Hemodynamic Profile of Salt-Dependent Hypertension in Animals With a Clamped Renin-Angiotensin System
In 1963, Borst and Borst-de Geus (1) and Ledingham and Cohen (22) independently introduced the concept of whole body autoregulation. Since then, Guyton (12) has proposed this theory to explain the hemodynamic profile of all models of hypertension. This hypothesis, elegant in its simplicity and logic, has rarely been tested using continuous long-term recordings of AP and CO in conscious unrestrained animals. Such an experimental approach is critical because anesthesia has profound effects on the neurohormonal control of cardiovascular function, and short-term intermittent hemodynamic measurements are likely to miss transient changes crucial to the understanding of the pathogenesis of hypertension.
The present study was conducted to test the hypothesis that salt-dependent hypertension, in rats with an unresponsive renin-angiotensin system, is characterized by a whole body autoregulation hemodynamic profile (1, 22). Several aspects of the experimental protocol were designed to ensure that hemodynamic measurements were made under optimal experimental conditions. First, rats were given a considerable recovery period (10 days) after the surgical instrumentation to ensure they were in a stable hemodynamic state. Recovery was indicated not only by the day-to-day stability of the variables measured but also by the emergence of normal circadian rhythms of these variables. Second, AP, CO, and HR were monitored continuously, 24 h/day, throughout the protocol in conscious unrestrained rats. Finally, the 17-day experimental protocol included 5-day control and recovery periods bracketing the 7-day high-salt period, further enabling us to assess the hemodynamic stability of these animals.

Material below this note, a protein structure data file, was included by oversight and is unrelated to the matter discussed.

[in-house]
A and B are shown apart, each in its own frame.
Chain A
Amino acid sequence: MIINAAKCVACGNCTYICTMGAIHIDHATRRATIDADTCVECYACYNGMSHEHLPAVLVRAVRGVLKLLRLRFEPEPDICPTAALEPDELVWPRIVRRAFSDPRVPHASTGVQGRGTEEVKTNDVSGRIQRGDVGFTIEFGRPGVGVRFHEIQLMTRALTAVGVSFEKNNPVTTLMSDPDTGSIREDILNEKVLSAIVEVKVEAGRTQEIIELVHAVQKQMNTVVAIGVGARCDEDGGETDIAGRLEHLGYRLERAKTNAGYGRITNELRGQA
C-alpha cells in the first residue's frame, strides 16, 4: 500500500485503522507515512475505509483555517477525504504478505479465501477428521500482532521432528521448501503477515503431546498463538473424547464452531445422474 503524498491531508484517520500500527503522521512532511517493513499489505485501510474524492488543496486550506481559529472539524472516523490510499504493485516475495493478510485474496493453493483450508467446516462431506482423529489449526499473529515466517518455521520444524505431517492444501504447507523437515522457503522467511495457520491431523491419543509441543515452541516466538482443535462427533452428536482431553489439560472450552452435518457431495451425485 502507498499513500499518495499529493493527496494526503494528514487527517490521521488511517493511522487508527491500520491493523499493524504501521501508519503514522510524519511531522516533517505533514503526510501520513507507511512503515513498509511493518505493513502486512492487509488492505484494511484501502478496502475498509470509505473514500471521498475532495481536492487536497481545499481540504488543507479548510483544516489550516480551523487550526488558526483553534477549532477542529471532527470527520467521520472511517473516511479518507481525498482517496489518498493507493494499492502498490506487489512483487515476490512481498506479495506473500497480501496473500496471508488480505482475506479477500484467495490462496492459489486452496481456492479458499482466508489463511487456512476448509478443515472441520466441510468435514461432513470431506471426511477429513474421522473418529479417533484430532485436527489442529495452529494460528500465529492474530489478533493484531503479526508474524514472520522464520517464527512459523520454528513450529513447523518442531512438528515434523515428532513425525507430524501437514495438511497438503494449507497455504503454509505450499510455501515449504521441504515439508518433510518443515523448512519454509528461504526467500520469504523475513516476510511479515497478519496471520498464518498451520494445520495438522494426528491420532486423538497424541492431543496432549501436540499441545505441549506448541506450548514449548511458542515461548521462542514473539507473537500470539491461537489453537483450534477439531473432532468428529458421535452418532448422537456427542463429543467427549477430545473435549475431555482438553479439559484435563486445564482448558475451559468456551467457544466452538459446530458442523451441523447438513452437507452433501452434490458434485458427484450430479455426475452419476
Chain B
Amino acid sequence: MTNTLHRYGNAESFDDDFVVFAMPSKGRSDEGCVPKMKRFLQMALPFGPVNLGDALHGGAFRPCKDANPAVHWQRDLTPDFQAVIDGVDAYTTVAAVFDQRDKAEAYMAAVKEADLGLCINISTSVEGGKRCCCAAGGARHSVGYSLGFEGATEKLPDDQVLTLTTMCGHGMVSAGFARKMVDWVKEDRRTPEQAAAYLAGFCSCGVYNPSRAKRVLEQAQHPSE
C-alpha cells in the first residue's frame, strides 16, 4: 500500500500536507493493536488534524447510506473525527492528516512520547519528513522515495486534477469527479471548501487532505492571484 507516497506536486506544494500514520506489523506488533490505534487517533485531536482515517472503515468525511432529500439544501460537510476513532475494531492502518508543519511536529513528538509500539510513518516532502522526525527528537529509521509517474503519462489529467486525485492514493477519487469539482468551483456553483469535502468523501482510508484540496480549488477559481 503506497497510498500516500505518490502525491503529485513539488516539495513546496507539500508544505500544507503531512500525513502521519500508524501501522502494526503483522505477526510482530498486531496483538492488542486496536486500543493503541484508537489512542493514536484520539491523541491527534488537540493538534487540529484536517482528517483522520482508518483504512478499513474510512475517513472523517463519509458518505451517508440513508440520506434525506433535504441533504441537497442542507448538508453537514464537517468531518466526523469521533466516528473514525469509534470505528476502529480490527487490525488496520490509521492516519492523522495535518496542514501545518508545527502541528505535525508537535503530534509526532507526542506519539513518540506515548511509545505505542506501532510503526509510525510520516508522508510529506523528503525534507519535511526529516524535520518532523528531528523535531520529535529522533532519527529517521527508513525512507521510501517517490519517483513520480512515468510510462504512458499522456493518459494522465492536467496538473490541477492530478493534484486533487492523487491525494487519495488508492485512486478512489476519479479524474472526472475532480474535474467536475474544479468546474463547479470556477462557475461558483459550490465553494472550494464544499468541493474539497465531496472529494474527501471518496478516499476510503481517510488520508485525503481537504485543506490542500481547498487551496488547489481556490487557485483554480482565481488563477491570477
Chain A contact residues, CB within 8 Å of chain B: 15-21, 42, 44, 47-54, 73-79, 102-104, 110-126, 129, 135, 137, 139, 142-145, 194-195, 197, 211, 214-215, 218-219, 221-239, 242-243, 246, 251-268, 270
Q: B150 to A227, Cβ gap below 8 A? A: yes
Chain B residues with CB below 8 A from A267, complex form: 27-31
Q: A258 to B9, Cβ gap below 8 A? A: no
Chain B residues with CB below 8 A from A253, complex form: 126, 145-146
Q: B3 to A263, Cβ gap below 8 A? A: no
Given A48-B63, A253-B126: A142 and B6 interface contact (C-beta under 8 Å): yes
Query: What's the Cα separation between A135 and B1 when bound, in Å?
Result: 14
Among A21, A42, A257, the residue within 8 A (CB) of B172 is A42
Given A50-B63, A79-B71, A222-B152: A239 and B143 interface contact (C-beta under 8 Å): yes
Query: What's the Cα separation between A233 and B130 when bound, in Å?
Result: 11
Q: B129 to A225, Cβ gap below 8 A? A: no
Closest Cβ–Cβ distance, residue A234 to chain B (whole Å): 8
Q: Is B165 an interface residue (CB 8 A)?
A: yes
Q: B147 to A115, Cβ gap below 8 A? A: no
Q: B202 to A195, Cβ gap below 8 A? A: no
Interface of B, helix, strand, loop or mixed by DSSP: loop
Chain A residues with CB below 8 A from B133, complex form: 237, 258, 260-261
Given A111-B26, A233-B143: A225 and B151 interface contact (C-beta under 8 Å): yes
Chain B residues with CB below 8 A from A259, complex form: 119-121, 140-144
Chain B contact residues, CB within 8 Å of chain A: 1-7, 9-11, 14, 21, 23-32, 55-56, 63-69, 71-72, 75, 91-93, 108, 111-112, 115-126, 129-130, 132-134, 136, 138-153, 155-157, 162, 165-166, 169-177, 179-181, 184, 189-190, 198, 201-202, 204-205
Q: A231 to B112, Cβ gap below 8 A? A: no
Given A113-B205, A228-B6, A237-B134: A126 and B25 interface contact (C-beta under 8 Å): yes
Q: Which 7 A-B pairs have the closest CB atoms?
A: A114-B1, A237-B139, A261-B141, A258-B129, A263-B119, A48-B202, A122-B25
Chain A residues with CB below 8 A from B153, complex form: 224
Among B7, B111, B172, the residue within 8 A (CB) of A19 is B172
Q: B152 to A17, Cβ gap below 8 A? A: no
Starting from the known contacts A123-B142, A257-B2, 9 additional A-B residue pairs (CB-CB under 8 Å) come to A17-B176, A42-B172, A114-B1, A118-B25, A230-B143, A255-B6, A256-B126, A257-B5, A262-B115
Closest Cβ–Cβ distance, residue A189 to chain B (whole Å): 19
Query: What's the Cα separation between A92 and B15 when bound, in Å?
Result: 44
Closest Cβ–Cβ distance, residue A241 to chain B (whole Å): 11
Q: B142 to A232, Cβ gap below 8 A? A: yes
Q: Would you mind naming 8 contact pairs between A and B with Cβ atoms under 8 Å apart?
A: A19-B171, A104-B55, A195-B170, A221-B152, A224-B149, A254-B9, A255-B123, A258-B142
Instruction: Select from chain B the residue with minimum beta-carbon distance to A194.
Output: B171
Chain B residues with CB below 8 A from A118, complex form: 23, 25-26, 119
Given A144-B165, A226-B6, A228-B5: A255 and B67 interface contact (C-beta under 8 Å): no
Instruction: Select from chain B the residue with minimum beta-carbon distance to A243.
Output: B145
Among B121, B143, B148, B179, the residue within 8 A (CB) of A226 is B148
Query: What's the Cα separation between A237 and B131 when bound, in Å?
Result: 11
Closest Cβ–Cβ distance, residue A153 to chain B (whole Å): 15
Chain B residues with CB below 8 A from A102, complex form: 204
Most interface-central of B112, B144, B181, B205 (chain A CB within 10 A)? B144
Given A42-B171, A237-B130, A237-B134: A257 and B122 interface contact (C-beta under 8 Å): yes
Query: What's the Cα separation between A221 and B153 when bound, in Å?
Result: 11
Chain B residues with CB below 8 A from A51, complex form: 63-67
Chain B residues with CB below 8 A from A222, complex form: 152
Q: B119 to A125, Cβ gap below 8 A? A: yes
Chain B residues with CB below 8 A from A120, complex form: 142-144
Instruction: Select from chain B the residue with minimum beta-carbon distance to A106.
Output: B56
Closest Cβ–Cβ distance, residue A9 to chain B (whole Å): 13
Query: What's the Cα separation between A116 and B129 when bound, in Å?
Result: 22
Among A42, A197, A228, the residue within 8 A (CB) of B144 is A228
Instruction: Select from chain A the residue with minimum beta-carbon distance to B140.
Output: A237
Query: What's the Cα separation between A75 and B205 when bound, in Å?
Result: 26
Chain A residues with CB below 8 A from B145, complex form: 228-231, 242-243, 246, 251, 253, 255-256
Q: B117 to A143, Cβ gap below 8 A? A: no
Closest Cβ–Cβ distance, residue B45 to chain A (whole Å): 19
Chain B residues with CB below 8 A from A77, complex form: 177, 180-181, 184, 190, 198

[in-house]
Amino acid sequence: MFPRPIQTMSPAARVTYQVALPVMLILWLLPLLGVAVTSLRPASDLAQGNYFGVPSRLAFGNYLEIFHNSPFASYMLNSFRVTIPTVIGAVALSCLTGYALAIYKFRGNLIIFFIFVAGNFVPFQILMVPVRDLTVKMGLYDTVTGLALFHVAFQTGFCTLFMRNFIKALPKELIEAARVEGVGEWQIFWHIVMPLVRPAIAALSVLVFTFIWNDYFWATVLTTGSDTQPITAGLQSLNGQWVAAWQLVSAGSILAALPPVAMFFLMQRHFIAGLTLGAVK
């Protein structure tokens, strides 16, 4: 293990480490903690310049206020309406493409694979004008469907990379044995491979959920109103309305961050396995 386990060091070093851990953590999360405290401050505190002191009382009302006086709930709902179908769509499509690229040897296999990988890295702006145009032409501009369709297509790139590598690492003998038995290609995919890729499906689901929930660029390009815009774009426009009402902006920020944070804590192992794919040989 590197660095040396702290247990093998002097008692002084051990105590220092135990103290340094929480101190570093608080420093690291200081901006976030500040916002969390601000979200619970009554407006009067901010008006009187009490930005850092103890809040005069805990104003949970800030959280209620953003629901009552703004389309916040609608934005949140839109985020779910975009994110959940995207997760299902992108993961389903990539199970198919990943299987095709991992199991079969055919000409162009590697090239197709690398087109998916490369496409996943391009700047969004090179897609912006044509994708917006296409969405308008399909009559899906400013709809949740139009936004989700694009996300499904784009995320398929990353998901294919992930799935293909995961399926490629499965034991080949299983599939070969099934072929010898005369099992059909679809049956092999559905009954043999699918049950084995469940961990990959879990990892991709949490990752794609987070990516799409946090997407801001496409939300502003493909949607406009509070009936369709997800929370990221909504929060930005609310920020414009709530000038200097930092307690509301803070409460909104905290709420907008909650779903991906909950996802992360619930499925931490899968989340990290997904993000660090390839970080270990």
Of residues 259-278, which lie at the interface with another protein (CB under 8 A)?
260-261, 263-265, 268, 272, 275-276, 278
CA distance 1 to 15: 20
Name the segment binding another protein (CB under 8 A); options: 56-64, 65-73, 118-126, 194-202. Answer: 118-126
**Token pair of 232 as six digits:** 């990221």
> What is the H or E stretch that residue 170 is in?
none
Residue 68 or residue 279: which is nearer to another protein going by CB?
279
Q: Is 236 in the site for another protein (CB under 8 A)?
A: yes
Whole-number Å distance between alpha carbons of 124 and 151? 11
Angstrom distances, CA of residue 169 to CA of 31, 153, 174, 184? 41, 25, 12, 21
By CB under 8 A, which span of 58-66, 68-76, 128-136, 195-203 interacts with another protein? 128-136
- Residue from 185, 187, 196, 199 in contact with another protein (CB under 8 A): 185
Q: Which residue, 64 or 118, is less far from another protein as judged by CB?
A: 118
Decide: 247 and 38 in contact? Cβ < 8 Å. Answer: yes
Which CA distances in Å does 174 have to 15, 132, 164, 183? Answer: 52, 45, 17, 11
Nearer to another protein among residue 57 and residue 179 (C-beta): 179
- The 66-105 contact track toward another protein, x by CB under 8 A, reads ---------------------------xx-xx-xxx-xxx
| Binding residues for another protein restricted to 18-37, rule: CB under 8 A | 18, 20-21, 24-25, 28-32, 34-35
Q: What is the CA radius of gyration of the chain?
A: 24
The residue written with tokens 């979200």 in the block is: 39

The results of this study are not consistent with the whole body autoregulation theory, which predicts that salt-induced increases in AP result from an initial increase in CO, followed by a slow increase in vascular resistance secondary to autoregulatory vasoconstriction and return of CO to normal (22). In contrast, we observed that the salt-induced increase in AP was mediated entirely by a sustained elevation of CO, whereas vascular resistance remained unchanged during the 7-day period of high salt intake. This finding suggests that CO was not regulated at the expense of AP, as suggested by the whole body autoregulation theory. This conclusion is further underscored by the observation that CO remained elevated during the recovery period, when dietary salt was switched back to normal levels. Finally, the fact that AP promptly returned to control levels at this time, secondary to a decrease in vascular resistance, suggests that the regulation of AP prevailed over CO during the recovery period. This is in direct conflict with the whole body autoregulation theory.